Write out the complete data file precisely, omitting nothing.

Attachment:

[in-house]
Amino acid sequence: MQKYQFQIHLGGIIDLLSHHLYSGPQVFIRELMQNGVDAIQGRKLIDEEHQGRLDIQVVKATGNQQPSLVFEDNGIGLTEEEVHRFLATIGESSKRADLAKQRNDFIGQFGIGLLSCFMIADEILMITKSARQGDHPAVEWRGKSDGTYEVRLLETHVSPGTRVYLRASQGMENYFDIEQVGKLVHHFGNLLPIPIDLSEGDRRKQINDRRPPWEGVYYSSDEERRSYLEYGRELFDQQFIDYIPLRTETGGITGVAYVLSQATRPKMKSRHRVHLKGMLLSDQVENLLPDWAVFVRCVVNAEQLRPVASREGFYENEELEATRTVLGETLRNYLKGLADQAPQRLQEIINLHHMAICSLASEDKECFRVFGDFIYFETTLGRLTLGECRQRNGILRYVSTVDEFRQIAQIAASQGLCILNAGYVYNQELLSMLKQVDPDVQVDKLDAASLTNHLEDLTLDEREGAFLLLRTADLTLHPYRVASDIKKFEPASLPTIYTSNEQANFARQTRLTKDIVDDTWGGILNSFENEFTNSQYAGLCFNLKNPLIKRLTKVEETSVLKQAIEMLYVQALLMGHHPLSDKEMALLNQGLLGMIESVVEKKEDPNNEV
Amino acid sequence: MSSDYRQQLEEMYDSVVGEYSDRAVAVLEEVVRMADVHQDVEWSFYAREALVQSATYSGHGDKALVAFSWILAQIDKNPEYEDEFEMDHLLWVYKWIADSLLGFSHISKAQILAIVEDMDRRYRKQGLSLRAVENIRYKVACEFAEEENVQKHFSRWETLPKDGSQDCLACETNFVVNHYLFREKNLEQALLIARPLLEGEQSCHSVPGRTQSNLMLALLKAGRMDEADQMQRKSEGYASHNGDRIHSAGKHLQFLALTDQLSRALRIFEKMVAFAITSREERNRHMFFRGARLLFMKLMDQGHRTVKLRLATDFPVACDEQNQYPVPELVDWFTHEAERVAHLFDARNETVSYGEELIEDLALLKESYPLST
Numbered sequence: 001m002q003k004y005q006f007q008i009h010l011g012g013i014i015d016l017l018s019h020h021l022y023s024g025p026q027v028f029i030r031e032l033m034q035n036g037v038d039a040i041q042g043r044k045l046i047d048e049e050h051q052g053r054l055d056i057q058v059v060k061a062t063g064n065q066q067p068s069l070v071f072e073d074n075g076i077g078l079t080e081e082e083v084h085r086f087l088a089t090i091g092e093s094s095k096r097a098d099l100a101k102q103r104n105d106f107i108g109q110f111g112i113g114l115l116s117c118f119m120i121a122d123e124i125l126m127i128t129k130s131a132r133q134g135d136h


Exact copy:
[in-house]
Amino acid sequence: MQKYQFQIHLGGIIDLLSHHLYSGPQVFIRELMQNGVDAIQGRKLIDEEHQGRLDIQVVKATGNQQPSLVFEDNGIGLTEEEVHRFLATIGESSKRADLAKQRNDFIGQFGIGLLSCFMIADEILMITKSARQGDHPAVEWRGKSDGTYEVRLLETHVSPGTRVYLRASQGMENYFDIEQVGKLVHHFGNLLPIPIDLSEGDRRKQINDRRPPWEGVYYSSDEERRSYLEYGRELFDQQFIDYIPLRTETGGITGVAYVLSQATRPKMKSRHRVHLKGMLLSDQVENLLPDWAVFVRCVVNAEQLRPVASREGFYENEELEATRTVLGETLRNYLKGLADQAPQRLQEIINLHHMAICSLASEDKECFRVFGDFIYFETTLGRLTLGECRQRNGILRYVSTVDEFRQIAQIAASQGLCILNAGYVYNQELLSMLKQVDPDVQVDKLDAASLTNHLEDLTLDEREGAFLLLRTADLTLHPYRVASDIKKFEPASLPTIYTSNEQANFARQTRLTKDIVDDTWGGILNSFENEFTNSQYAGLCFNLKNPLIKRLTKVEETSVLKQAIEMLYVQALLMGHHPLSDKEMALLNQGLLGMIESVVEKKEDPNNEV
Amino acid sequence: MSSDYRQQLEEMYDSVVGEYSDRAVAVLEEVVRMADVHQDVEWSFYAREALVQSATYSGHGDKALVAFSWILAQIDKNPEYEDEFEMDHLLWVYKWIADSLLGFSHISKAQILAIVEDMDRRYRKQGLSLRAVENIRYKVACEFAEEENVQKHFSRWETLPKDGSQDCLACETNFVVNHYLFREKNLEQALLIARPLLEGEQSCHSVPGRTQSNLMLALLKAGRMDEADQMQRKSEGYASHNGDRIHSAGKHLQFLALTDQLSRALRIFEKMVAFAITSREERNRHMFFRGARLLFMKLMDQGHRTVKLRLATDFPVACDEQNQYPVPELVDWFTHEAERVAHLFDARNETVSYGEELIEDLALLKESYPLST
Numbered sequence: 001m002q003k004y005q006f007q008i009h010l011g012g013i014i015d016l017l018s019h020h021l022y023s024g025p026q027v028f029i030r031e032l033m034q035n036g037v038d039a040i041q042g043r044k045l046i047d048e049e050h051q052g053r054l055d056i057q058v059v060k061a062t063g064n065q066q067p068s069l070v071f072e073d074n075g076i077g078l079t080e081e082e083v084h085r086f087l088a089t090i091g092e093s094s095k096r097a098d099l100a101k102q103r104n105d106f107i108g109q110f111g112i113g114l115l116s117c118f119m120i121a122d123e124i125l126m127i128t129k130s131a132r133q134g135d136h